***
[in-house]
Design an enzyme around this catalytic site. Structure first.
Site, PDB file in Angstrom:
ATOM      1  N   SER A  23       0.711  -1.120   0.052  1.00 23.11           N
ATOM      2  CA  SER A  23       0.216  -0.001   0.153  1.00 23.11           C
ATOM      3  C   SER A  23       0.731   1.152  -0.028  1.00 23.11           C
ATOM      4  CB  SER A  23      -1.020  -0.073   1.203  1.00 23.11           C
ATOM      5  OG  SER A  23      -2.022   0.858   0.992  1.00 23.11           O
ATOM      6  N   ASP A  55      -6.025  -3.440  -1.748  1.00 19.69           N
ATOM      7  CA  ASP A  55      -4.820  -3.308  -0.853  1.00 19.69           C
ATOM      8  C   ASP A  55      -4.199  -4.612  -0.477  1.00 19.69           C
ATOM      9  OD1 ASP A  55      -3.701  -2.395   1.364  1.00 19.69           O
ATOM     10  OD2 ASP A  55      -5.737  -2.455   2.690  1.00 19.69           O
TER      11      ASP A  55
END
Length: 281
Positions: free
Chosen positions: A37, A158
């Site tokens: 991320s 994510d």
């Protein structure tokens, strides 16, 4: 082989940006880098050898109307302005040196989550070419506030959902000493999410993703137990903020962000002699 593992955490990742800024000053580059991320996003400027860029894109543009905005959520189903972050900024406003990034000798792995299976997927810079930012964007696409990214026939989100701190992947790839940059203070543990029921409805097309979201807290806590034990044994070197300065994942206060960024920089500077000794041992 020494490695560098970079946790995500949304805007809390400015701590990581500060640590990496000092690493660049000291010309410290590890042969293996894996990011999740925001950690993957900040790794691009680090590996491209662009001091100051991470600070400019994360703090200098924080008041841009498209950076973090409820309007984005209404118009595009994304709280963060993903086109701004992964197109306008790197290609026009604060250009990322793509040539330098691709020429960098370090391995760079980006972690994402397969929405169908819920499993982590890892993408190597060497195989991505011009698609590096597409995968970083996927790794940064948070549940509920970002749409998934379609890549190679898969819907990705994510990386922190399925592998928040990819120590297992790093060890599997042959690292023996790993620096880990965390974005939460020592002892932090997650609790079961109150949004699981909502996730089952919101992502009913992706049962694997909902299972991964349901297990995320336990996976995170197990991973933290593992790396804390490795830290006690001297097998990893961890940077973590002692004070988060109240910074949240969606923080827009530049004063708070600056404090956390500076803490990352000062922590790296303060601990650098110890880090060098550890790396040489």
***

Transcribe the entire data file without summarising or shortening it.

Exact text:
[in-house]
Design an enzyme around this catalytic site. Structure first.
Site, PDB file in Angstrom:
ATOM      1  N   SER A  23       0.711  -1.120   0.052  1.00 23.11           N
ATOM      2  CA  SER A  23       0.216  -0.001   0.153  1.00 23.11           C
ATOM      3  C   SER A  23       0.731   1.152  -0.028  1.00 23.11           C
ATOM      4  CB  SER A  23      -1.020  -0.073   1.203  1.00 23.11           C
ATOM      5  OG  SER A  23      -2.022   0.858   0.992  1.00 23.11           O
ATOM      6  N   ASP A  55      -6.025  -3.440  -1.748  1.00 19.69           N
ATOM      7  CA  ASP A  55      -4.820  -3.308  -0.853  1.00 19.69           C
ATOM      8  C   ASP A  55      -4.199  -4.612  -0.477  1.00 19.69           C
ATOM      9  OD1 ASP A  55      -3.701  -2.395   1.364  1.00 19.69           O
ATOM     10  OD2 ASP A  55      -5.737  -2.455   2.690  1.00 19.69           O
TER      11      ASP A  55
END
Length: 281
Positions: free
Chosen positions: A37, A158
């Site tokens: 991320s 994510d």
């Protein structure tokens, strides 16, 4: 082989940006880098050898109307302005040196989550070419506030959902000493999410993703137990903020962000002699 593992955490990742800024000053580059991320996003400027860029894109543009905005959520189903972050900024406003990034000798792995299976997927810079930012964007696409990214026939989100701190992947790839940059203070543990029921409805097309979201807290806590034990044994070197300065994942206060960024920089500077000794041992 020494490695560098970079946790995500949304805007809390400015701590990581500060640590990496000092690493660049000291010309410290590890042969293996894996990011999740925001950690993957900040790794691009680090590996491209662009001091100051991470600070400019994360703090200098924080008041841009498209950076973090409820309007984005209404118009595009994304709280963060993903086109701004992964197109306008790197290609026009604060250009990322793509040539330098691709020429960098370090391995760079980006972690994402397969929405169908819920499993982590890892993408190597060497195989991505011009698609590096597409995968970083996927790794940064948070549940509920970002749409998934379609890549190679898969819907990705994510990386922190399925592998928040990819120590297992790093060890599997042959690292023996790993620096880990965390974005939460020592002892932090997650609790079961109150949004699981909502996730089952919101992502009913992706049962694997909902299972991964349901297990995320336990996976995170197990991973933290593992790396804390490795830290006690001297097998990893961890940077973590002692004070988060109240910074949240969606923080827009530049004063708070600056404090956390500076803490990352000062922590790296303060601990650098110890880090060098550890790396040489």